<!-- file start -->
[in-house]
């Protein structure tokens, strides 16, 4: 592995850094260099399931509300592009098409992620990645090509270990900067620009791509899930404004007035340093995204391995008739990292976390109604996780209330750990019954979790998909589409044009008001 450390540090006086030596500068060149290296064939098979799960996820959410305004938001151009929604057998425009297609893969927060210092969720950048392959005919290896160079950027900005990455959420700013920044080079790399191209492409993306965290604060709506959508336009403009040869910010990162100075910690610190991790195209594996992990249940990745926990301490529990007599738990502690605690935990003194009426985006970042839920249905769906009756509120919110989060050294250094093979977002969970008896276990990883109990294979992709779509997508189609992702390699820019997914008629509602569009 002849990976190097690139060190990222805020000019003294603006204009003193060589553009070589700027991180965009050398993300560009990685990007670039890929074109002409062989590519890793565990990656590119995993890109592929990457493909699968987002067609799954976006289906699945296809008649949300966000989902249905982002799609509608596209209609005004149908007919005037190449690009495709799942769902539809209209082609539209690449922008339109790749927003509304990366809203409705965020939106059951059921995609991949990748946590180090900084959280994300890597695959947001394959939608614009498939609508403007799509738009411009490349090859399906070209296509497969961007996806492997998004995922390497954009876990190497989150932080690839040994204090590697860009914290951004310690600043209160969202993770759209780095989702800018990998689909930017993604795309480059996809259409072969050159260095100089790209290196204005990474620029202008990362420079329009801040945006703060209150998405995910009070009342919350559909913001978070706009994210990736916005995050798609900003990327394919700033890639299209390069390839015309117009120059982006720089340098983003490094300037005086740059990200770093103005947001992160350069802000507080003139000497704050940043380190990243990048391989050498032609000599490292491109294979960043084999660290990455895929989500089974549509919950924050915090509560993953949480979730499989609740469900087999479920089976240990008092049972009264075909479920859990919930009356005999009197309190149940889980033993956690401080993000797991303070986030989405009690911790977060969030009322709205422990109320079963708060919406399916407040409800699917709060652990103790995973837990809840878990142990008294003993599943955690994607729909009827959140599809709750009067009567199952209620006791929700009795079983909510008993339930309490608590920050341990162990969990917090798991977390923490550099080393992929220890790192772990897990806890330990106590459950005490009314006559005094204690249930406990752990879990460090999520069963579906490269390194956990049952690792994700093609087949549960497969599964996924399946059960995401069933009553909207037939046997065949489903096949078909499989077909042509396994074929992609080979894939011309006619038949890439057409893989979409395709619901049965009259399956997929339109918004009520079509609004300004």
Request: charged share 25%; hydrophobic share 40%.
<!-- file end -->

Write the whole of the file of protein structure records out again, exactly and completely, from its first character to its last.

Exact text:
[in-house]
């Protein structure tokens, strides 16, 4: 592995850094260099399931509300592009098409992620990645090509270990900067620009791509899930404004007035340093995204391995008739990292976390109604996780209330750990019954979790998909589409044009008001 450390540090006086030596500068060149290296064939098979799960996820959410305004938001151009929604057998425009297609893969927060210092969720950048392959005919290896160079950027900005990455959420700013920044080079790399191209492409993306965290604060709506959508336009403009040869910010990162100075910690610190991790195209594996992990249940990745926990301490529990007599738990502690605690935990003194009426985006970042839920249905769906009756509120919110989060050294250094093979977002969970008896276990990883109990294979992709779509997508189609992702390699820019997914008629509602569009 002849990976190097690139060190990222805020000019003294603006204009003193060589553009070589700027991180965009050398993300560009990685990007670039890929074109002409062989590519890793565990990656590119995993890109592929990457493909699968987002067609799954976006289906699945296809008649949300966000989902249905982002799609509608596209209609005004149908007919005037190449690009495709799942769902539809209209082609539209690449922008339109790749927003509304990366809203409705965020939106059951059921995609991949990748946590180090900084959280994300890597695959947001394959939608614009498939609508403007799509738009411009490349090859399906070209296509497969961007996806492997998004995922390497954009876990190497989150932080690839040994204090590697860009914290951004310690600043209160969202993770759209780095989702800018990998689909930017993604795309480059996809259409072969050159260095100089790209290196204005990474620029202008990362420079329009801040945006703060209150998405995910009070009342919350559909913001978070706009994210990736916005995050798609900003990327394919700033890639299209390069390839015309117009120059982006720089340098983003490094300037005086740059990200770093103005947001992160350069802000507080003139000497704050940043380190990243990048391989050498032609000599490292491109294979960043084999660290990455895929989500089974549509919950924050915090509560993953949480979730499989609740469900087999479920089976240990008092049972009264075909479920859990919930009356005999009197309190149940889980033993956690401080993000797991303070986030989405009690911790977060969030009322709205422990109320079963708060919406399916407040409800699917709060652990103790995973837990809840878990142990008294003993599943955690994607729909009827959140599809709750009067009567199952209620006791929700009795079983909510008993339930309490608590920050341990162990969990917090798991977390923490550099080393992929220890790192772990897990806890330990106590459950005490009314006559005094204690249930406990752990879990460090999520069963579906490269390194956990049952690792994700093609087949549960497969599964996924399946059960995401069933009553909207037939046997065949489903096949078909499989077909042509396994074929992609080979894939011309006619038949890439057409893989979409395709619901049965009259399956997929339109918004009520079509609004300004």
Request: charged share 25%; hydrophobic share 40%.